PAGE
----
ICI paints a picture of success in UAE

While paint manufacturers in Europe must comply with a raft of environmental standards, here in the United Arab Emirates, legislation is much more lenient. Construction Week speaks to Tony Myers, managing director of ICI Paints, about the implications for the local paint industry.

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By  Colin Foreman Published  August 7, 2005

ICI paints a picture of success in UAE|~|DSC_0117200.jpg|~|Myers: “A lot of our work in terms of projecting our brand is to reinforce the environmental issues.”|~|What are the environmental concerns involving the paint industry at the moment in the UAE?

As far as I am aware at the moment, there is currently no legislation driving it as far as paint is concerned.

If you take Europe, there is an awful lot of legislation coming in, and by 2007 all the paint manufacturers must remove most of the volatile solvents from their paints.

That applies to all paints, although there are some exceptions in very specialist areas.

But in terms of classification on what we refer to as architectural paints, that is a European legislation.

What we have done at ICI is to take that world standard and apply it to the company’s products wherever it operates.

Does meeting these high standards have any downside?

The issue in this market for us is that safety issues and the environmental concerns from ICI’s perspective are extremely important.

We are prepared to go to whatever lengths to ensure that our products meet those environmental standards.

In local markets where there isn’t the necessary legislation in place, then the local manufacturers may not apply the same standards.

What problems does this create?

The difficulty of this is that the effect on competition goes
in their favour.

Removing solvents is an expensive process of reformulating, so water-based paints can be as good as most solvent-based paints in terms of application. Therefore, if the legislation is not in place, it enables them to use the same raw materials that the paint industry always has done.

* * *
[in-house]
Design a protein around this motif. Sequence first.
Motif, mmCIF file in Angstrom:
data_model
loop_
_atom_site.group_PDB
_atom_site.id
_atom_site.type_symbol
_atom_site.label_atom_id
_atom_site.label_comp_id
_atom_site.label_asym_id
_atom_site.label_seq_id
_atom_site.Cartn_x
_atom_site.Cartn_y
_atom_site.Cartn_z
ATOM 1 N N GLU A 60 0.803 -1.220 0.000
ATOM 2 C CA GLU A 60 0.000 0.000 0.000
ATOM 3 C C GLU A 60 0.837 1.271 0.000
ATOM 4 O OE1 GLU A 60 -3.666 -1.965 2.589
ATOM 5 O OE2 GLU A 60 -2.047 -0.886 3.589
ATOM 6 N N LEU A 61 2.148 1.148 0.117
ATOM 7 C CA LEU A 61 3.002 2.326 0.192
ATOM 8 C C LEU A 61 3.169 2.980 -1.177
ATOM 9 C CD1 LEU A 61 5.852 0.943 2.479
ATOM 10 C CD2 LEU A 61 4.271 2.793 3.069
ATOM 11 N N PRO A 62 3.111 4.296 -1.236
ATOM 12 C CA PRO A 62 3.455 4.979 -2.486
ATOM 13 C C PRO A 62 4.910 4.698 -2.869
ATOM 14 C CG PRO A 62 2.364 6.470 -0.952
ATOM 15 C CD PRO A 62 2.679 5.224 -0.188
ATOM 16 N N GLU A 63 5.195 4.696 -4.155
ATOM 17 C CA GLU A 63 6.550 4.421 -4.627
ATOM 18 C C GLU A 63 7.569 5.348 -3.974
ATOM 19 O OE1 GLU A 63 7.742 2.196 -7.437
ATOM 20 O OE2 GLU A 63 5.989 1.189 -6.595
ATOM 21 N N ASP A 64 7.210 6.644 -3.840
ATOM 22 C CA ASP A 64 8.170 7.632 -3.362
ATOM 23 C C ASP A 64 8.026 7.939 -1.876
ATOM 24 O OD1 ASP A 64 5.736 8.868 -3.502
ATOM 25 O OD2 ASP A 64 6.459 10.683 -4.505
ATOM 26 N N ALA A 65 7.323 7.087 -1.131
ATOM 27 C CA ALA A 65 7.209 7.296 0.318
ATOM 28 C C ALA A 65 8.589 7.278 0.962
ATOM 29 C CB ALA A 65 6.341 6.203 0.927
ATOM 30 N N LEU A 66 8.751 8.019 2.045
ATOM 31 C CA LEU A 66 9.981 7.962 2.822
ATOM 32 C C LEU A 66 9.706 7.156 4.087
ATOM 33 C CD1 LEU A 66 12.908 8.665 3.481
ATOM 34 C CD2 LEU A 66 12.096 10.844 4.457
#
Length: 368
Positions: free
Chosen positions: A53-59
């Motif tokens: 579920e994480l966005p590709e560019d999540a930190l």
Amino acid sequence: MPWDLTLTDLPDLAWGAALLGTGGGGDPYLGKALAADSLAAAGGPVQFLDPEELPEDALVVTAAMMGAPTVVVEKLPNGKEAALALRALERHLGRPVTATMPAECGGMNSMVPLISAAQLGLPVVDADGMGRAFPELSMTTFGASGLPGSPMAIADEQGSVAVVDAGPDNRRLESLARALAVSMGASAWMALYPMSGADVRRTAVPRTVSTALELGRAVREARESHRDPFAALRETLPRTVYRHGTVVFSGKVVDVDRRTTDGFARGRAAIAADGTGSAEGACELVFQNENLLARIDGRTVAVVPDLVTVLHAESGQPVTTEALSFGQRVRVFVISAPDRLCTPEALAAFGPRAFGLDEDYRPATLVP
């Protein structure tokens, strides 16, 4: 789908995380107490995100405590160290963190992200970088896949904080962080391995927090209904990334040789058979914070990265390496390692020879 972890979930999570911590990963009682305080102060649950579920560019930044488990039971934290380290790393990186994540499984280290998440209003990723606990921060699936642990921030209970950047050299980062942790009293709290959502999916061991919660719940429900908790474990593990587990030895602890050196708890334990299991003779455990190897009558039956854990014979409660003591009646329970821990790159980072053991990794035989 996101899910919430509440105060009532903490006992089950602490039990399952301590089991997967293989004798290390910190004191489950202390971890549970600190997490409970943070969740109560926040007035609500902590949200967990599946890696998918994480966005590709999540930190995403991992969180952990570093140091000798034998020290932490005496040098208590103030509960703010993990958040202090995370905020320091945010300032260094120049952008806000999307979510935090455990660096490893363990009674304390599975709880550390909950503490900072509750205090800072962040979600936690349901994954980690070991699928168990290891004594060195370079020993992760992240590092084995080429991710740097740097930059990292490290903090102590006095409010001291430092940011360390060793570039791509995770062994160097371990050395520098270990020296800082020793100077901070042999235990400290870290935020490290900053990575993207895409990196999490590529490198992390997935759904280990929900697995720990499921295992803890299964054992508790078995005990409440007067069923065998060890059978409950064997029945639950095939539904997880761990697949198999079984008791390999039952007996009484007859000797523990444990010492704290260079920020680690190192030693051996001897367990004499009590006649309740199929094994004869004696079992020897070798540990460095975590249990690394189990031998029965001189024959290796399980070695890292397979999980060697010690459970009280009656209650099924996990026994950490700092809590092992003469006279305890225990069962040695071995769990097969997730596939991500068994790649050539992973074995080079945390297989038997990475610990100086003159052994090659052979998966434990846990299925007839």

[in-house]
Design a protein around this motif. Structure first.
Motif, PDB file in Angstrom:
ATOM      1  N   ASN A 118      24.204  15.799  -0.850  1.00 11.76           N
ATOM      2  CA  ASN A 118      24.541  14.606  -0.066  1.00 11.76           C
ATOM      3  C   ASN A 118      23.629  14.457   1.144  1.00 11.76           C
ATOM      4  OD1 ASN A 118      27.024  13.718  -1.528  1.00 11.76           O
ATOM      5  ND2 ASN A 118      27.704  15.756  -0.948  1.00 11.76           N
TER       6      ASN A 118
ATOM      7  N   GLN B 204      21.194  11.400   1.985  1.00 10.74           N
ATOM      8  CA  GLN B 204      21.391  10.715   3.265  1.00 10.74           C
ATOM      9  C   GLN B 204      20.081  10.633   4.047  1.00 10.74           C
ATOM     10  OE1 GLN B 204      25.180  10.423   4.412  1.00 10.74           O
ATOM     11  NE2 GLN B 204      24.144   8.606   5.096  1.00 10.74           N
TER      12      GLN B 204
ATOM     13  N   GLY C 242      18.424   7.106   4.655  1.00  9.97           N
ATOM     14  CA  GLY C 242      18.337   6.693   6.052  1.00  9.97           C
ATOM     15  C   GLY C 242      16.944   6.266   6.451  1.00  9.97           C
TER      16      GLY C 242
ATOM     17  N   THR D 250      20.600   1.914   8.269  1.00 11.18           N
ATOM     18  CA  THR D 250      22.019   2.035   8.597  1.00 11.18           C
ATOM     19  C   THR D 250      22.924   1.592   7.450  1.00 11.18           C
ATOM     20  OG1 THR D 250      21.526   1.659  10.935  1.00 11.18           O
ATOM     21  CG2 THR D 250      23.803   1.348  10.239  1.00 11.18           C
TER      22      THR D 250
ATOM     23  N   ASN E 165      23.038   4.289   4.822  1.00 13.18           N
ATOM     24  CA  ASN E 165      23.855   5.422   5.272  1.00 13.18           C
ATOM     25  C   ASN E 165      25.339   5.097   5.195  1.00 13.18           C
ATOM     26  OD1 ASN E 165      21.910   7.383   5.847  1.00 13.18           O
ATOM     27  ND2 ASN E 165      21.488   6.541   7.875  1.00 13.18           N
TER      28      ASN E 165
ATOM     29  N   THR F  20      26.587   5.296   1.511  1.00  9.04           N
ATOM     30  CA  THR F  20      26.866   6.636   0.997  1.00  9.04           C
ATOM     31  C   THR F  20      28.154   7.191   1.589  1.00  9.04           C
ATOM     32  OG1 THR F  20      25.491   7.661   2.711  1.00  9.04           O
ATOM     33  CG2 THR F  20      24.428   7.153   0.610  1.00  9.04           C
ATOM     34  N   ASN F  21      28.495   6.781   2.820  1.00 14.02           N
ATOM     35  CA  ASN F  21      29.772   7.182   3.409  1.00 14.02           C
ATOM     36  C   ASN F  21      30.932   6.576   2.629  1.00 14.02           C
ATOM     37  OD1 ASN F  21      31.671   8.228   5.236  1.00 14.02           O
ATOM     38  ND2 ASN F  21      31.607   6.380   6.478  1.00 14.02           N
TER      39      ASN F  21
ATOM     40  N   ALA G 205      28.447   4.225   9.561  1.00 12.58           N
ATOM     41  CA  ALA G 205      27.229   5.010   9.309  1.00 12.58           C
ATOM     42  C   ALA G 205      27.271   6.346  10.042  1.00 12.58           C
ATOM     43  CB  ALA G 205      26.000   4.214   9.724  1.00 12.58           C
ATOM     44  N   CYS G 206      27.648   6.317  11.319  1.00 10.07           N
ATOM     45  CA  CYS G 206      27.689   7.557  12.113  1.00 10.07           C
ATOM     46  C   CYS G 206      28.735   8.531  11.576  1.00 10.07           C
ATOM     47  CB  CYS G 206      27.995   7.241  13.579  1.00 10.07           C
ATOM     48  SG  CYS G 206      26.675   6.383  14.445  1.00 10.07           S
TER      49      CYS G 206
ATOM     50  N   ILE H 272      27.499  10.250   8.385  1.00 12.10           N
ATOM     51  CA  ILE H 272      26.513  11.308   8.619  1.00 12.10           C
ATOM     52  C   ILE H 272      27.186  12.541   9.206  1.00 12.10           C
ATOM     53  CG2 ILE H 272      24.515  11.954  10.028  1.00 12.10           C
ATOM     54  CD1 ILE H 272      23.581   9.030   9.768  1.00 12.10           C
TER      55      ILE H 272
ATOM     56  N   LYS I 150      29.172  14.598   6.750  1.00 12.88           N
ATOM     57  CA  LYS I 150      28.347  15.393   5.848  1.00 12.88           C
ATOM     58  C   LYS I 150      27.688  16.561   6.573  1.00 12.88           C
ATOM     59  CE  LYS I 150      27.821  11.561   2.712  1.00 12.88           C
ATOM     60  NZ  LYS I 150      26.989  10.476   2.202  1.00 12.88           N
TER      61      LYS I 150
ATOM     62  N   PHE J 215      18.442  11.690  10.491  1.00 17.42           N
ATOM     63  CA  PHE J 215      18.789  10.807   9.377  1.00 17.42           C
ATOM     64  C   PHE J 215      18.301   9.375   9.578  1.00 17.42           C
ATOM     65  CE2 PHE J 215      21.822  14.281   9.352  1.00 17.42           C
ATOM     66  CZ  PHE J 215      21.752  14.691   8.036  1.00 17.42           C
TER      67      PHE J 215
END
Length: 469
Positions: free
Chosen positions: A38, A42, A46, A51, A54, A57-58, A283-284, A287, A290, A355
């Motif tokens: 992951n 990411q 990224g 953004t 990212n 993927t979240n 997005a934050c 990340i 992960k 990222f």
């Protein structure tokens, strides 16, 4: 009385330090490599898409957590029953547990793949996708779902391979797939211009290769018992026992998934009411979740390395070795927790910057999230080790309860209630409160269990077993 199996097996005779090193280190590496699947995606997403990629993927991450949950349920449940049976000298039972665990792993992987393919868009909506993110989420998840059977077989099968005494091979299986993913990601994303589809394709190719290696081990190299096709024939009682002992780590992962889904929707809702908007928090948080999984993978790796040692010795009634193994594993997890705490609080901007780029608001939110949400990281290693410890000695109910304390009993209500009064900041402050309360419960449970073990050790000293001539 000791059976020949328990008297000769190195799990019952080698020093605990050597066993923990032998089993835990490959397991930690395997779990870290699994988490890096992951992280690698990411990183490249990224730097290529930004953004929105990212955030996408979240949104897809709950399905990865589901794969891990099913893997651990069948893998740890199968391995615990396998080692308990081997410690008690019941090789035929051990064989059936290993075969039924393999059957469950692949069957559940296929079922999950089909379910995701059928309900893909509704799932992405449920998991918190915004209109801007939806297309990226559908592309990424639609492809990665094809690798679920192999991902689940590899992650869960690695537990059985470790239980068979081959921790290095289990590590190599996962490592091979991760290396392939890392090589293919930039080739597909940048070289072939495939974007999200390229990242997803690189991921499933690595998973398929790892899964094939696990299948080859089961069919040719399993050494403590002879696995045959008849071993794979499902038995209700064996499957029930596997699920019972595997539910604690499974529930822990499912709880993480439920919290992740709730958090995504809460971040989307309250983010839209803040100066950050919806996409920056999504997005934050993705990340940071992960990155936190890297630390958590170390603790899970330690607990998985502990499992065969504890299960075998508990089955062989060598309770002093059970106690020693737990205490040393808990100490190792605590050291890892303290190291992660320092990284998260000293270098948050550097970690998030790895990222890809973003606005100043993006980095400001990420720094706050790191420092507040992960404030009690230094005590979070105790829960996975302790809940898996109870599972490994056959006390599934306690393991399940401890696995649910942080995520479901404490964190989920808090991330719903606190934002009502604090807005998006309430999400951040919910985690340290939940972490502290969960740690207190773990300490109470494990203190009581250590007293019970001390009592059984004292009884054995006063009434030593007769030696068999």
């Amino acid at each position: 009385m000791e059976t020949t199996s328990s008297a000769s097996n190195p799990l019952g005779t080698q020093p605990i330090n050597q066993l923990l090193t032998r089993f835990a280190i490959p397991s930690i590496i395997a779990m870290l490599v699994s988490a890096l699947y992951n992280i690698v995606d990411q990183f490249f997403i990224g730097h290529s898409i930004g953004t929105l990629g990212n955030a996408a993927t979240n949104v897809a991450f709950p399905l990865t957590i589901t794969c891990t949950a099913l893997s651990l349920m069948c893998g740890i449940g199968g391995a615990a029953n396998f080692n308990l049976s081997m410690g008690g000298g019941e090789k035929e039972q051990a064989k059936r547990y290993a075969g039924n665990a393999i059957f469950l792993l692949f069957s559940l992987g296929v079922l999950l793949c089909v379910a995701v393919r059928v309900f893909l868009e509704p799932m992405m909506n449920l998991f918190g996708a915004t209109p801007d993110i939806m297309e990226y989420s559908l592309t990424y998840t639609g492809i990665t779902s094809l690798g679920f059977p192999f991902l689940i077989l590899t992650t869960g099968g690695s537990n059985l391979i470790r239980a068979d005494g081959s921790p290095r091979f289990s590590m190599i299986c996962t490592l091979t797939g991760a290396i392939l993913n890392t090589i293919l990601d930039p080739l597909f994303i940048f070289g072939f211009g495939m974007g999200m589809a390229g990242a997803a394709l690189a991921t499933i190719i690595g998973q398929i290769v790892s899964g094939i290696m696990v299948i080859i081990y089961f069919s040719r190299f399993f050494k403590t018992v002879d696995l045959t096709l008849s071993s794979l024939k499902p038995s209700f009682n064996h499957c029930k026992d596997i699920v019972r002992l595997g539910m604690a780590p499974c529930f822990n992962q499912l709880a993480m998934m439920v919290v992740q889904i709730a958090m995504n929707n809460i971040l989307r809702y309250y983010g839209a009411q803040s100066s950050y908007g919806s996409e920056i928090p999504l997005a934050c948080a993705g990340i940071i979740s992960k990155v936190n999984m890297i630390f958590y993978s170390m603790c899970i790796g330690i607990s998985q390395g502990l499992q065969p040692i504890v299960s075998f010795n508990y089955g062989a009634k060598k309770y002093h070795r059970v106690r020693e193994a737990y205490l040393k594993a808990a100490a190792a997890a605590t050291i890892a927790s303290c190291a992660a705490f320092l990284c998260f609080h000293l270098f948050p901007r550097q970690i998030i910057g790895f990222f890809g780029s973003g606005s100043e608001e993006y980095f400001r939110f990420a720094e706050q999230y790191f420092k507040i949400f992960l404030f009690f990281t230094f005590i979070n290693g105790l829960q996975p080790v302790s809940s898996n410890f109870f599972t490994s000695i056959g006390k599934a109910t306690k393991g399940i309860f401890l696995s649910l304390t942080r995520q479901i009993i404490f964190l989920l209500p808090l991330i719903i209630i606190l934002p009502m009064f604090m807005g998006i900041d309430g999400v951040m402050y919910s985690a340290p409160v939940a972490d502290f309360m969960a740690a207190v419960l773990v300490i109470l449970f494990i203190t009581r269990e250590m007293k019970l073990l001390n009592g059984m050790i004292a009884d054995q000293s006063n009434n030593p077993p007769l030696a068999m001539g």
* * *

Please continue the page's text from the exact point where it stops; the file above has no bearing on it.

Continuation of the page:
Water-based paints can be much better, but they are much more expensive to produce.

Why are water-based paints more expensive to develop compared to solvent-based paints?

To bring a water-based paint product up and to still be able to achieve the same level of toughness of finish and longevity, involves using some very expensive resins.

And those similar performance attributes are easier to
deliver in solvent-based products than they are in water-based products.

So our concern is that our products suddenly get out priced in the market place because we are taking the high ground on environmental issues, and local manufacturers are not being forced to do that by local legislation.

So would you favour local environmental legislation being introduced here?

Yes, I would.

Does this market attract paints from around the world that fail to meet these international standards?

The trouble with paint is that it can either be very high-tech or very low-tech. Very low-tech paint you could make in your garage with a large bucket and stick.

So when you’re pricing on local jobs, a lot of people aren’t discerning enough to look at the performance criteria of the product over a period of time.

What people tend to do is look at the price that they are paying for a can of paint, which may be 18 litres or 5 litres in size, and they assume that one can of paint will contain roughly the same equal products as in another can of paint, but of course it doesn’t.

How do you make Dulux as a brand stand out from the rest of the competition?

A lot of our work in terms of projecting our brand is to reinforce the environmental issues, but secondly, performance-related products.

But I am afraid it’s pretty much a fact of life these days. It doesn’t matter if you are buying motor cars or clothes: You get what you pay for.

You can still get a bargain, but at the end of the day a degree of quality costs.||**||

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